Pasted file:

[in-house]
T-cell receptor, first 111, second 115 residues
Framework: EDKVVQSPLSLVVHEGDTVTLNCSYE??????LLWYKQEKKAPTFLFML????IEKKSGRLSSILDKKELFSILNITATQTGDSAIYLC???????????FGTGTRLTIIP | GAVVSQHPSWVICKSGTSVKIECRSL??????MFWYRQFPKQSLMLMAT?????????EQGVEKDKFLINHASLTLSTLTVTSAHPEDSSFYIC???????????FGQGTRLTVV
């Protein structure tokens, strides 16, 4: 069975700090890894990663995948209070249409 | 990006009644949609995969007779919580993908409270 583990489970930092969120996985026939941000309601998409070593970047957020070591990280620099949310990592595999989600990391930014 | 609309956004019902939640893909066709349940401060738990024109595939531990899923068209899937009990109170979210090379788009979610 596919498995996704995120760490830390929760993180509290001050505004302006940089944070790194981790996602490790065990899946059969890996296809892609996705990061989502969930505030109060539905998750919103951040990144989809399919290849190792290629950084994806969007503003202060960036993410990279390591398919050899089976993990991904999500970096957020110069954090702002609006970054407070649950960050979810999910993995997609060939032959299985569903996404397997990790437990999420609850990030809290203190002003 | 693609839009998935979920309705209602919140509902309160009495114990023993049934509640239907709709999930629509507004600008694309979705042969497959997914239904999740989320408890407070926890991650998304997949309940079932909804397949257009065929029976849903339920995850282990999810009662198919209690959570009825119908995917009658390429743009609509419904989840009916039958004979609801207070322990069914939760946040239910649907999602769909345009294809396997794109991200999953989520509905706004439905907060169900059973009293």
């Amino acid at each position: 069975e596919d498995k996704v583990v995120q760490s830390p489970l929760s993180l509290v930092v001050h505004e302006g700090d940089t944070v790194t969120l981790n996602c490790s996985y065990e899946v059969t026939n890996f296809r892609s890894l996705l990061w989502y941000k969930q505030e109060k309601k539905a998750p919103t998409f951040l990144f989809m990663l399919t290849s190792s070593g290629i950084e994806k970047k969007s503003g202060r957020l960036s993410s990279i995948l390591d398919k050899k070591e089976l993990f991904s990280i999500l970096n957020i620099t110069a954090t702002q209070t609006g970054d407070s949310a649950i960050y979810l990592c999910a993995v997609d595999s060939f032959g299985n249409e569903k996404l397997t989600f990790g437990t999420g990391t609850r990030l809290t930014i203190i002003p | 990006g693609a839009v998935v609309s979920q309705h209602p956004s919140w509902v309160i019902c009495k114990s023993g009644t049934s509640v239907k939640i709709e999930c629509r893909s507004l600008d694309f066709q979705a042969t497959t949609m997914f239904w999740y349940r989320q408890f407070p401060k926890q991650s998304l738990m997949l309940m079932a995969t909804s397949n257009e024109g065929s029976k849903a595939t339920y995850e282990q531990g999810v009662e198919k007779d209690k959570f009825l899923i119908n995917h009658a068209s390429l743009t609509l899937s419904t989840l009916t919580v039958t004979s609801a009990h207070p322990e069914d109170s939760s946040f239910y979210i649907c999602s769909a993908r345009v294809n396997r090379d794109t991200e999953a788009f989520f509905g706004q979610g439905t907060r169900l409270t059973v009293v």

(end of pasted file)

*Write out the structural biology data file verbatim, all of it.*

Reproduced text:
[in-house]
T-cell receptor, first 111, second 115 residues
Framework: EDKVVQSPLSLVVHEGDTVTLNCSYE??????LLWYKQEKKAPTFLFML????IEKKSGRLSSILDKKELFSILNITATQTGDSAIYLC???????????FGTGTRLTIIP | GAVVSQHPSWVICKSGTSVKIECRSL??????MFWYRQFPKQSLMLMAT?????????EQGVEKDKFLINHASLTLSTLTVTSAHPEDSSFYIC???????????FGQGTRLTVV
């Protein structure tokens, strides 16, 4: 069975700090890894990663995948209070249409 | 990006009644949609995969007779919580993908409270 583990489970930092969120996985026939941000309601998409070593970047957020070591990280620099949310990592595999989600990391930014 | 609309956004019902939640893909066709349940401060738990024109595939531990899923068209899937009990109170979210090379788009979610 596919498995996704995120760490830390929760993180509290001050505004302006940089944070790194981790996602490790065990899946059969890996296809892609996705990061989502969930505030109060539905998750919103951040990144989809399919290849190792290629950084994806969007503003202060960036993410990279390591398919050899089976993990991904999500970096957020110069954090702002609006970054407070649950960050979810999910993995997609060939032959299985569903996404397997990790437990999420609850990030809290203190002003 | 693609839009998935979920309705209602919140509902309160009495114990023993049934509640239907709709999930629509507004600008694309979705042969497959997914239904999740989320408890407070926890991650998304997949309940079932909804397949257009065929029976849903339920995850282990999810009662198919209690959570009825119908995917009658390429743009609509419904989840009916039958004979609801207070322990069914939760946040239910649907999602769909345009294809396997794109991200999953989520509905706004439905907060169900059973009293």
């Amino acid at each position: 069975e596919d498995k996704v583990v995120q760490s830390p489970l929760s993180l509290v930092v001050h505004e302006g700090d940089t944070v790194t969120l981790n996602c490790s996985y065990e899946v059969t026939n890996f296809r892609s890894l996705l990061w989502y941000k969930q505030e109060k309601k539905a998750p919103t998409f951040l990144f989809m990663l399919t290849s190792s070593g290629i950084e994806k970047k969007s503003g202060r957020l960036s993410s990279i995948l390591d398919k050899k070591e089976l993990f991904s990280i999500l970096n957020i620099t110069a954090t702002q209070t609006g970054d407070s949310a649950i960050y979810l990592c999910a993995v997609d595999s060939f032959g299985n249409e569903k996404l397997t989600f990790g437990t999420g990391t609850r990030l809290t930014i203190i002003p | 990006g693609a839009v998935v609309s979920q309705h209602p956004s919140w509902v309160i019902c009495k114990s023993g009644t049934s509640v239907k939640i709709e999930c629509r893909s507004l600008d694309f066709q979705a042969t497959t949609m997914f239904w999740y349940r989320q408890f407070p401060k926890q991650s998304l738990m997949l309940m079932a995969t909804s397949n257009e024109g065929s029976k849903a595939t339920y995850e282990q531990g999810v009662e198919k007779d209690k959570f009825l899923i119908n995917h009658a068209s390429l743009t609509l899937s419904t989840l009916t919580v039958t004979s609801a009990h207070p322990e069914d109170s939760s946040f239910y979210i649907c999602s769909a993908r345009v294809n396997r090379d794109t991200e999953a788009f989520f509905g706004q979610g439905t907060r169900l409270t059973v009293v």